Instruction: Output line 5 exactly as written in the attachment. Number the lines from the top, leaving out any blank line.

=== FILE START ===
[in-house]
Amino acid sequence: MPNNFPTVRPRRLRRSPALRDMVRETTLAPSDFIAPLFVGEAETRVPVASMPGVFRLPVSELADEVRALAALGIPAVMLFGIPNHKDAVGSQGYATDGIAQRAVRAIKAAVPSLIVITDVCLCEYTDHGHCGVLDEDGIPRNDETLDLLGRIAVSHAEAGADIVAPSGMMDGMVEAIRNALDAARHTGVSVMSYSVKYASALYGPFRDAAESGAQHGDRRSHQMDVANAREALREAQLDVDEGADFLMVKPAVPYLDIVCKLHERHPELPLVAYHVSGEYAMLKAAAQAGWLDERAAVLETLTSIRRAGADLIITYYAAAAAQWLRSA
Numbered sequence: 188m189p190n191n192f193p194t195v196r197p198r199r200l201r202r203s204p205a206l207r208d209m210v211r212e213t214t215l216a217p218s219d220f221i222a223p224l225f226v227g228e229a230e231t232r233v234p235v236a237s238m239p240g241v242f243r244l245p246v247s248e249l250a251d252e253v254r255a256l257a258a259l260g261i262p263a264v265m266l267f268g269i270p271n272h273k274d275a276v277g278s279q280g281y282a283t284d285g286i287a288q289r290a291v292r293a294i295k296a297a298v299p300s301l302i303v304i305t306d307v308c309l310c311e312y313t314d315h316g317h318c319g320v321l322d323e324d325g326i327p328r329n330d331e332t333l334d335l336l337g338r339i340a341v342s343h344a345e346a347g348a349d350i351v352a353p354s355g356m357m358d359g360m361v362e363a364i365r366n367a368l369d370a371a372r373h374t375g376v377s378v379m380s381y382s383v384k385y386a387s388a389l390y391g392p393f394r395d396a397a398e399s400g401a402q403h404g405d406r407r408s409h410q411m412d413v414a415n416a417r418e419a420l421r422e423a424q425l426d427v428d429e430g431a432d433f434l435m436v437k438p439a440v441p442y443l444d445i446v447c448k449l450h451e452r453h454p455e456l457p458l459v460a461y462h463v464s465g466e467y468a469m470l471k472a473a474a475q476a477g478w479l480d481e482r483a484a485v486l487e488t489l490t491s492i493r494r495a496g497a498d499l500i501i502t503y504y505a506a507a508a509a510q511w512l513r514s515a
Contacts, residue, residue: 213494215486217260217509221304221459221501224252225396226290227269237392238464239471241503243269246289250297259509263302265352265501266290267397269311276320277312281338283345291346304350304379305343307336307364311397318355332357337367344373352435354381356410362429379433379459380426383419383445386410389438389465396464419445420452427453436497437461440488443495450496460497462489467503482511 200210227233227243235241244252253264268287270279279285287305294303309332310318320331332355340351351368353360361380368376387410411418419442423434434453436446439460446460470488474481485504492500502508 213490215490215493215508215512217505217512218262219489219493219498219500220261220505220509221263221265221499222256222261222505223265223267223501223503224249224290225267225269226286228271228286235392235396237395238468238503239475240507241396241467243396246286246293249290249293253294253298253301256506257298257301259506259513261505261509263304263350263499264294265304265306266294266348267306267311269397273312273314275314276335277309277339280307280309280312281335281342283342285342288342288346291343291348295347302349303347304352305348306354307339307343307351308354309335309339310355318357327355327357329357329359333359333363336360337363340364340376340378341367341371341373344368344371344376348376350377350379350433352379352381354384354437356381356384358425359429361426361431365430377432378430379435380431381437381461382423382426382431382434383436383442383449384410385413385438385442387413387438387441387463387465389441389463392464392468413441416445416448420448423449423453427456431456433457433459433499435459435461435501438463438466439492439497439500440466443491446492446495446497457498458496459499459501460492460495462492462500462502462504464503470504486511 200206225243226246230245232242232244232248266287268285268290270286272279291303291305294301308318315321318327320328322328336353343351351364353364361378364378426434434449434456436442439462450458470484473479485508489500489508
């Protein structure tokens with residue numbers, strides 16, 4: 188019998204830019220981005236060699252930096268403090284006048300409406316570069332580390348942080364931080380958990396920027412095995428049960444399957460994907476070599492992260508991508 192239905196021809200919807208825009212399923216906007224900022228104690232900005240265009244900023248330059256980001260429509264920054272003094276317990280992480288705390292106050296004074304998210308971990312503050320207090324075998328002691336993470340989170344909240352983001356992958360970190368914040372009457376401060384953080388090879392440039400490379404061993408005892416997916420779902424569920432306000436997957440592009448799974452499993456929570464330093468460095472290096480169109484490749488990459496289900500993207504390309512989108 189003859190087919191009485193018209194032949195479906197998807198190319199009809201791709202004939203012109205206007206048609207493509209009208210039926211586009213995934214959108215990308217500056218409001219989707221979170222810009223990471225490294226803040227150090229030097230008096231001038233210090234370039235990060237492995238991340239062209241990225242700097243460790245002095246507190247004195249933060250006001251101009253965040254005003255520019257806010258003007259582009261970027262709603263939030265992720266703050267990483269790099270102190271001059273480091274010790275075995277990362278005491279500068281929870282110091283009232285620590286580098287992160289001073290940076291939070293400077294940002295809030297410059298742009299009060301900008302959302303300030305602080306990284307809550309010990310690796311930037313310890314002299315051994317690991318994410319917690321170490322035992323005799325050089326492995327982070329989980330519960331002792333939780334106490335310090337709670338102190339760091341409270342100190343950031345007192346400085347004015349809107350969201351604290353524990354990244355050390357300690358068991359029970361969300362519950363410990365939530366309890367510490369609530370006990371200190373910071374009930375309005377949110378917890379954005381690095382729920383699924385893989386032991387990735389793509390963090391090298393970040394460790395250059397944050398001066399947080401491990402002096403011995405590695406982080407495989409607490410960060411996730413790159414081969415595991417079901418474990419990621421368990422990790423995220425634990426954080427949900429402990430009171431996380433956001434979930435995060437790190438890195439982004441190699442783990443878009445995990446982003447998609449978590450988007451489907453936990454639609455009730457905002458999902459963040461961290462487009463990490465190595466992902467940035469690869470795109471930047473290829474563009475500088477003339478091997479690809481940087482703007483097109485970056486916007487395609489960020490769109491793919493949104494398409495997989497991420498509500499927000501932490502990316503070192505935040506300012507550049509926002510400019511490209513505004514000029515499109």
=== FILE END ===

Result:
């Protein structure tokens with residue numbers, strides 16, 4: 188019998204830019220981005236060699252930096268403090284006048300409406316570069332580390348942080364931080380958990396920027412095995428049960444399957460994907476070599492992260508991508 192239905196021809200919807208825009212399923216906007224900022228104690232900005240265009244900023248330059256980001260429509264920054272003094276317990280992480288705390292106050296004074304998210308971990312503050320207090324075998328002691336993470340989170344909240352983001356992958360970190368914040372009457376401060384953080388090879392440039400490379404061993408005892416997916420779902424569920432306000436997957440592009448799974452499993456929570464330093468460095472290096480169109484490749488990459496289900500993207504390309512989108 189003859190087919191009485193018209194032949195479906197998807198190319199009809201791709202004939203012109205206007206048609207493509209009208210039926211586009213995934214959108215990308217500056218409001219989707221979170222810009223990471225490294226803040227150090229030097230008096231001038233210090234370039235990060237492995238991340239062209241990225242700097243460790245002095246507190247004195249933060250006001251101009253965040254005003255520019257806010258003007259582009261970027262709603263939030265992720266703050267990483269790099270102190271001059273480091274010790275075995277990362278005491279500068281929870282110091283009232285620590286580098287992160289001073290940076291939070293400077294940002295809030297410059298742009299009060301900008302959302303300030305602080306990284307809550309010990310690796311930037313310890314002299315051994317690991318994410319917690321170490322035992323005799325050089326492995327982070329989980330519960331002792333939780334106490335310090337709670338102190339760091341409270342100190343950031345007192346400085347004015349809107350969201351604290353524990354990244355050390357300690358068991359029970361969300362519950363410990365939530366309890367510490369609530370006990371200190373910071374009930375309005377949110378917890379954005381690095382729920383699924385893989386032991387990735389793509390963090391090298393970040394460790395250059397944050398001066399947080401491990402002096403011995405590695406982080407495989409607490410960060411996730413790159414081969415595991417079901418474990419990621421368990422990790423995220425634990426954080427949900429402990430009171431996380433956001434979930435995060437790190438890195439982004441190699442783990443878009445995990446982003447998609449978590450988007451489907453936990454639609455009730457905002458999902459963040461961290462487009463990490465190595466992902467940035469690869470795109471930047473290829474563009475500088477003339478091997479690809481940087482703007483097109485970056486916007487395609489960020490769109491793919493949104494398409495997989497991420498509500499927000501932490502990316503070192505935040506300012507550049509926002510400019511490209513505004514000029515499109």